In the new EastEnders spin-off Redwater, Kat and Alfie Moon pitch up in a seaside village in Ireland where Jessie Wallace’s Kat hopes to track down the son she gave up for adoption 33 years earlier. But this close-knit community has secrets of its own and events soon take a sinister turn.
The six-part drama was filmed in Dunmore East, a fishing village in County Waterford with a lovely beach, a little harbour and sheltered coves. Ireland’s south-east coast is beloved by Dubliners looking for some sea air, but it’s often overlooked by Brits, who tend to make a beeline for the rugged west coast. That’s a shame, because there’s plenty to do in the “sunny South East” – as it’s called by the Irish – and there’s something rather magical about Dunmore East in particular.
Within ten minutes of arriving in the village, I’m tucking into fresh hake and potatoes dauphinoise at the Strand Inn, drinking in the view of sand, sea and endless sky. Renamed “Peter Dolan’s” in Redwater, the Strand is a friendly, unfussy hotel with a popular pub and restaurant overlooking a sandy beach framed by red cliffs. The owner, who is in her 60s, swims every day.
The Strand Inn and Lawlor’s Beach
Across the bay is County Wexford and the 13th-century Hook Head Lighthouse, the oldest operational lighthouse in the world (you can take a guided tour). Locals believe the phrase “by hook or by crook” dates back to 1649, when Oliver Cromwell resolved to invade Ireland by Hook Head or the nearby village of Crooke (although some historians dispute it). The lush headland opposite belongs to Dunmore East Golf Club, which boasts spectacular sea views.
Mary and Martin Tritschler volunteer to show me round the village. Mary is an artist and Martin an architect and they have holidayed here all their lives. They moved to Dunmore East five years ago, but even so they’re still considered “blow-ins”.
“Everyone who comes on holiday here always comes back. It’s addictive,” Mary explains, as we walk to Ladies Cove, named for the nuns who used to bathe and enjoy a spot of shrimping here. Crystal-clear water laps the pebbles. It’s only spring, but I’m regretting not packing a swimming costume. Our next stop is the harbour, which is noisy with the cries of kittiwakes nesting on the cliffs. Before EU quotas were introduced in the 70s, it’s said you could walk from one end of the harbour to the other on boats piled high with herring. Nowadays there’s a sailing school and an adventure sports centre where you do kayaking, windsurfing and caving.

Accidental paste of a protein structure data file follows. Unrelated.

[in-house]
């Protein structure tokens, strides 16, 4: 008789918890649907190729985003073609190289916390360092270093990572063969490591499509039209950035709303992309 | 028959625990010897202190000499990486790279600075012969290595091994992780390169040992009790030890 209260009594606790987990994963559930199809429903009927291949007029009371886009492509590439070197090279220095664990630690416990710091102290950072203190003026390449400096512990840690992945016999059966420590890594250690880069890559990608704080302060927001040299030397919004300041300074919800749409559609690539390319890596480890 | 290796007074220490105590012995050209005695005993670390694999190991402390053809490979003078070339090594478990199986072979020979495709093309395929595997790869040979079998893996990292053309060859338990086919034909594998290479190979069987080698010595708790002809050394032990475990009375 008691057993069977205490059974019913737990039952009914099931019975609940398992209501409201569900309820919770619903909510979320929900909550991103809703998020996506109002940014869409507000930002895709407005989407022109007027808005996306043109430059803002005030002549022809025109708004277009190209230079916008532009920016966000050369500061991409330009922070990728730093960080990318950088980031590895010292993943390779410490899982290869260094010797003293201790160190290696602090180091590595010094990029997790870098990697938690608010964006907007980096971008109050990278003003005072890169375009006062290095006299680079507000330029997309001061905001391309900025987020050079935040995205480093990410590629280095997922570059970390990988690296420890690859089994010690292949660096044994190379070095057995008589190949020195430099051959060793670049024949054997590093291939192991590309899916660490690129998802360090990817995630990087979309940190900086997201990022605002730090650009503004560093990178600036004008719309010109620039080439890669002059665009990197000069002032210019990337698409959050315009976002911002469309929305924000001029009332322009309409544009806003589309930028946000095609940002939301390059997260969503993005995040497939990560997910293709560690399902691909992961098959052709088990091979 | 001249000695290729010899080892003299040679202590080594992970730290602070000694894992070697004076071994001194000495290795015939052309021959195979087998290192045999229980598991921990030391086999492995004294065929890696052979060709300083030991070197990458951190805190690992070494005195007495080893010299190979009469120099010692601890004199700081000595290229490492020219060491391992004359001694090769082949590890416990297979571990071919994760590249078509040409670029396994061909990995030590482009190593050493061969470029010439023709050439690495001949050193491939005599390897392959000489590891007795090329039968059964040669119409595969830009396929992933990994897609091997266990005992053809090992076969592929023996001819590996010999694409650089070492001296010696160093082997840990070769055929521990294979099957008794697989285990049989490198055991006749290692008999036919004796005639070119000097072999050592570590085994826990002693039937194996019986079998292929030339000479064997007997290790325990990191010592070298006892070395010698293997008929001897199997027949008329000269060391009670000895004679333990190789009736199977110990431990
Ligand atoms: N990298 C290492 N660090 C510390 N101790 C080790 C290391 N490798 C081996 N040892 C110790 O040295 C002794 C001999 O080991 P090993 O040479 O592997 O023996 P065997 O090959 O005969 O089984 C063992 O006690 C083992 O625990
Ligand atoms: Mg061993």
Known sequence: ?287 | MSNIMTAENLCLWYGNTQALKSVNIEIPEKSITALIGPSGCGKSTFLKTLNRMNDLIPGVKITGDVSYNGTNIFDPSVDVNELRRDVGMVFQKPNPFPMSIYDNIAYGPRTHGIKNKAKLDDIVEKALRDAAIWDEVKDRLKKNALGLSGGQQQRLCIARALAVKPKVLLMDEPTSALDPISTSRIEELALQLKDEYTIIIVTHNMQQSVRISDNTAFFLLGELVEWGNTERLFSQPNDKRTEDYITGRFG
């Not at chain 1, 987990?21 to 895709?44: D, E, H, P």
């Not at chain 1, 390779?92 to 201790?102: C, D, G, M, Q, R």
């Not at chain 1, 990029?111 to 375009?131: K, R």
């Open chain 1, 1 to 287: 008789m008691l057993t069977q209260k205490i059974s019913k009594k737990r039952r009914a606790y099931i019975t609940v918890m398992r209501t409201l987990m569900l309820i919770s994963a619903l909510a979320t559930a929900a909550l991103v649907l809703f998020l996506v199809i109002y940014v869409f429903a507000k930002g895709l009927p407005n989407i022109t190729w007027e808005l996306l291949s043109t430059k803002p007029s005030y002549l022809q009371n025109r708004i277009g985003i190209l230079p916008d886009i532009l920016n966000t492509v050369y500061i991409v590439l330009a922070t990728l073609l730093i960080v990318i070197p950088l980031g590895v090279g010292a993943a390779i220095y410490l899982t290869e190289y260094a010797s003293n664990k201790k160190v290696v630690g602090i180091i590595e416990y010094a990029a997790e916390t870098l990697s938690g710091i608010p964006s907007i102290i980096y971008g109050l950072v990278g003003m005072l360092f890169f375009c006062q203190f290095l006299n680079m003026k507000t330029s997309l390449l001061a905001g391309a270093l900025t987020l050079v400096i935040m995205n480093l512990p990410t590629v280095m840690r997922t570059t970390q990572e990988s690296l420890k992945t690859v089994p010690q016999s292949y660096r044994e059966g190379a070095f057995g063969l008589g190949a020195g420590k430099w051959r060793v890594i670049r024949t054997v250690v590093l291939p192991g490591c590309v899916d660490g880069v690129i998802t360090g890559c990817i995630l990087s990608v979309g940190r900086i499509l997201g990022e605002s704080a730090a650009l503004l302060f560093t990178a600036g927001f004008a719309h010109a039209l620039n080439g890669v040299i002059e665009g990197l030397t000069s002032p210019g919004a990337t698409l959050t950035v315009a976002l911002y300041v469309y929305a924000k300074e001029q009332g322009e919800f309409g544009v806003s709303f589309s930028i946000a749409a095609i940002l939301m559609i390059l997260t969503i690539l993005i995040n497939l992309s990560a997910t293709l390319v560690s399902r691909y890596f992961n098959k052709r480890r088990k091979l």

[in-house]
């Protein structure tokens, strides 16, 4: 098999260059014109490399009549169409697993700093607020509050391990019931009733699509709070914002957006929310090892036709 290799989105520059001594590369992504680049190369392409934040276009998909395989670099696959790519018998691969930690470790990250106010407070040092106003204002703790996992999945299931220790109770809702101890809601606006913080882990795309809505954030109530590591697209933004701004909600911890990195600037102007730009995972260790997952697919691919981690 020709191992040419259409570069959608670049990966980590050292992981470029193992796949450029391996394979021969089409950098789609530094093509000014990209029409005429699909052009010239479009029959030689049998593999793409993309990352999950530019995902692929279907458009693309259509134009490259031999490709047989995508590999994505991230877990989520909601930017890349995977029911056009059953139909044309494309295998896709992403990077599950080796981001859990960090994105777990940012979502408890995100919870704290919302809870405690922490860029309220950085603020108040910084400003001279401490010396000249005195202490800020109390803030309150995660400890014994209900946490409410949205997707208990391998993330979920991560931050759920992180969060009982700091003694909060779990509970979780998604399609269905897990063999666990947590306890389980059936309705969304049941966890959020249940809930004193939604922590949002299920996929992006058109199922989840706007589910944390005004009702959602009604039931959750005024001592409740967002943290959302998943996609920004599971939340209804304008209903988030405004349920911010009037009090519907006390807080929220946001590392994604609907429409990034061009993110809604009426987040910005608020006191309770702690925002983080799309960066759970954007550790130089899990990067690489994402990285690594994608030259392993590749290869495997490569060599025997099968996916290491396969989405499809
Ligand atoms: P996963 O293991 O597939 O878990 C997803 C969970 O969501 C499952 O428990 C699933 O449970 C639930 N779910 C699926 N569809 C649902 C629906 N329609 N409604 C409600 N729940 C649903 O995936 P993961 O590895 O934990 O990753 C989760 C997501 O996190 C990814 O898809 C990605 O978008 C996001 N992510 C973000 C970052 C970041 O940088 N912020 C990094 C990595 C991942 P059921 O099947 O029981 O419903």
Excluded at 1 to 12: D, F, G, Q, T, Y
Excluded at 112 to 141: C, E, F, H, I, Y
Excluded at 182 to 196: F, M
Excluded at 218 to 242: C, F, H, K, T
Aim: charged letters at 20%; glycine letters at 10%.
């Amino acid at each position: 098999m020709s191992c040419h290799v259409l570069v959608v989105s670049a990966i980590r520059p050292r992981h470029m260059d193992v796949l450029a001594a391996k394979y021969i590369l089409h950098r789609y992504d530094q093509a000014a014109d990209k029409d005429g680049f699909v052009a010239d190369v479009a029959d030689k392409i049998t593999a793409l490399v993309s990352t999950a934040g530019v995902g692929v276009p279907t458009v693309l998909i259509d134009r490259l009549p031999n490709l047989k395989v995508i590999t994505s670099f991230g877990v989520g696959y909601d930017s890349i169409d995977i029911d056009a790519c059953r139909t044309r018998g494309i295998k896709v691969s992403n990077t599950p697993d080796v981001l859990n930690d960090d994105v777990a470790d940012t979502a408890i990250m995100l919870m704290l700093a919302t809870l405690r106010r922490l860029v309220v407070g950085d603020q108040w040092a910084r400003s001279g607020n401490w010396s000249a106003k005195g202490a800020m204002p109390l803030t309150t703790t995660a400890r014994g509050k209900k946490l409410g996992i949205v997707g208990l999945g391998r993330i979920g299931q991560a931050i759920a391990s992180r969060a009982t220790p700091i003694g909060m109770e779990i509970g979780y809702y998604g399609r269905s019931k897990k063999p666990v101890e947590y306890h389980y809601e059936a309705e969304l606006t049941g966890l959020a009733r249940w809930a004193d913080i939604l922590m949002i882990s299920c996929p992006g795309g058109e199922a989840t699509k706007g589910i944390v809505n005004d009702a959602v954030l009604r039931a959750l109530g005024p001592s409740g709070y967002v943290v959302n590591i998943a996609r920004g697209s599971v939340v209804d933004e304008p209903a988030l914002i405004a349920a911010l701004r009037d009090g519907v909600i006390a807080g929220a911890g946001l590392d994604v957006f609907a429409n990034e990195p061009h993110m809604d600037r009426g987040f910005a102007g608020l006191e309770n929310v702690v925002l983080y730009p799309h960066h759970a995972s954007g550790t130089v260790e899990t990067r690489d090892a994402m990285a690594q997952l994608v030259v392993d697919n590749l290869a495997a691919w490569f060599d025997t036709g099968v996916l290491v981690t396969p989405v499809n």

Shane Richie and his onscreen son wish they’d taken the path in Redwater
It takes only ten minutes to walk across the village, but the Tritschlers’ tour takes two hours by the time we’ve said hello to everyone we meet and stopped for a pint at Power’s Bar, a cosy pub stuffed with seafaring artefacts, which everyone calls “Bill the Butcher’s” – a throwback to the war years when the owner also sold groceries and Guinness to fishermen.
The next day I walk west along the cliff path and have the panoramic views all to myself. After filming here for two months, Shane Richie, who plays Alfie, was so taken with Dunmore East he plans to buy a house here, and it’s easy to see why.
Afterwards I dine on John Dory and risotto at the village’s family-run Italian restaurant Azzurro, and ask a fellow diner if he’ll be tuning in to Redwater. “As long as it’s not diddly-diddly, or they should never show their faces in this village again,” he says, eyes twinkling. “It’s not like Broadchurch round here… We just push people off cliffs.” He is, of course, joking.
Getting there: Dunmore East is a two-hour drive from Cork airport, and a little longer from Dublin. By boat, catch a car ferry from Fishguard to Rosslare near Wexford, then it’s a 90-minute drive to Dunmore East.
Where to go in Waterford
The House of Waterford Crystal and the Viking Triangle
At the Waterford Crystal factory you can see the famous crystal blown and cut, while the treasures in the Medieval Museum include a whalebone hat belonging to Henry VIII. For a wonderfully wry take on the Viking history of Waterford – Ireland’s oldest city – try Jack Burtchaell’s twice-daily walking tours. jackswalkingtours.com
This new 46km off-road walking and cycling route follows an old railway line from Waterford to Dungarvan, a pretty fishing town, via lush scenery, three viaducts and a spookily lit 400m tunnel.
This range is only a short drive from the coast and has plenty of well-marked trails taking in dramatic valleys, waterfalls and corries.